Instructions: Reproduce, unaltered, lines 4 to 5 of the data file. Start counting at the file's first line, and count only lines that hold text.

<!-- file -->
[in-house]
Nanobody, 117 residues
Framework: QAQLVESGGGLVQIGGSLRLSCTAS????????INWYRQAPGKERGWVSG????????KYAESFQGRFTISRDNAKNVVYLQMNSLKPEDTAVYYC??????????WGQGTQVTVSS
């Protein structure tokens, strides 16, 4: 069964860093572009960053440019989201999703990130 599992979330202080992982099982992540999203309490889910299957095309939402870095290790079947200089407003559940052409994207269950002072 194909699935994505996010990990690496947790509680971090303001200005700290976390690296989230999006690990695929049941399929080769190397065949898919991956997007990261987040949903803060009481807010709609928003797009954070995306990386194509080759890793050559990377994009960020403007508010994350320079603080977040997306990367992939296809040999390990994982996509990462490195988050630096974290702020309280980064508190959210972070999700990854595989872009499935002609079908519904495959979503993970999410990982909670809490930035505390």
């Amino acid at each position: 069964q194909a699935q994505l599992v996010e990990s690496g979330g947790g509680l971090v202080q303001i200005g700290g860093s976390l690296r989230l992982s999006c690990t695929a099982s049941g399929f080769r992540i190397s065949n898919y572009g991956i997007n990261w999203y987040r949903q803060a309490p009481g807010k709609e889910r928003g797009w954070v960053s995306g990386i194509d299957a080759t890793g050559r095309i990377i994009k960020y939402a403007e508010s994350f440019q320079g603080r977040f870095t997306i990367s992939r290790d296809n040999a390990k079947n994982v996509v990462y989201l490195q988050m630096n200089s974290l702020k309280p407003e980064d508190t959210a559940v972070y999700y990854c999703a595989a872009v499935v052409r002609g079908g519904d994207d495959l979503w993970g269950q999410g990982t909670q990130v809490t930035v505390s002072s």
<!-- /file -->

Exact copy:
């Protein structure tokens, strides 16, 4: 069964860093572009960053440019989201999703990130 599992979330202080992982099982992540999203309490889910299957095309939402870095290790079947200089407003559940052409994207269950002072 194909699935994505996010990990690496947790509680971090303001200005700290976390690296989230999006690990695929049941399929080769190397065949898919991956997007990261987040949903803060009481807010709609928003797009954070995306990386194509080759890793050559990377994009960020403007508010994350320079603080977040997306990367992939296809040999390990994982996509990462490195988050630096974290702020309280980064508190959210972070999700990854595989872009499935002609079908519904495959979503993970999410990982909670809490930035505390």
């Amino acid at each position: 069964q194909a699935q994505l599992v996010e990990s690496g979330g947790g509680l971090v202080q303001i200005g700290g860093s976390l690296r989230l992982s999006c690990t695929a099982s049941g399929f080769r992540i190397s065949n898919y572009g991956i997007n990261w999203y987040r949903q803060a309490p009481g807010k709609e889910r928003g797009w954070v960053s995306g990386i194509d299957a080759t890793g050559r095309i990377i994009k960020y939402a403007e508010s994350f440019q320079g603080r977040f870095t997306i990367s992939r290790d296809n040999a390990k079947n994982v996509v990462y989201l490195q988050m630096n200089s974290l702020k309280p407003e980064d508190t959210a559940v972070y999700y990854c999703a595989a872009v499935v052409r002609g079908g519904d994207d495959l979503w993970g269950q999410g990982t909670q990130v809490t930035v505390s002072s």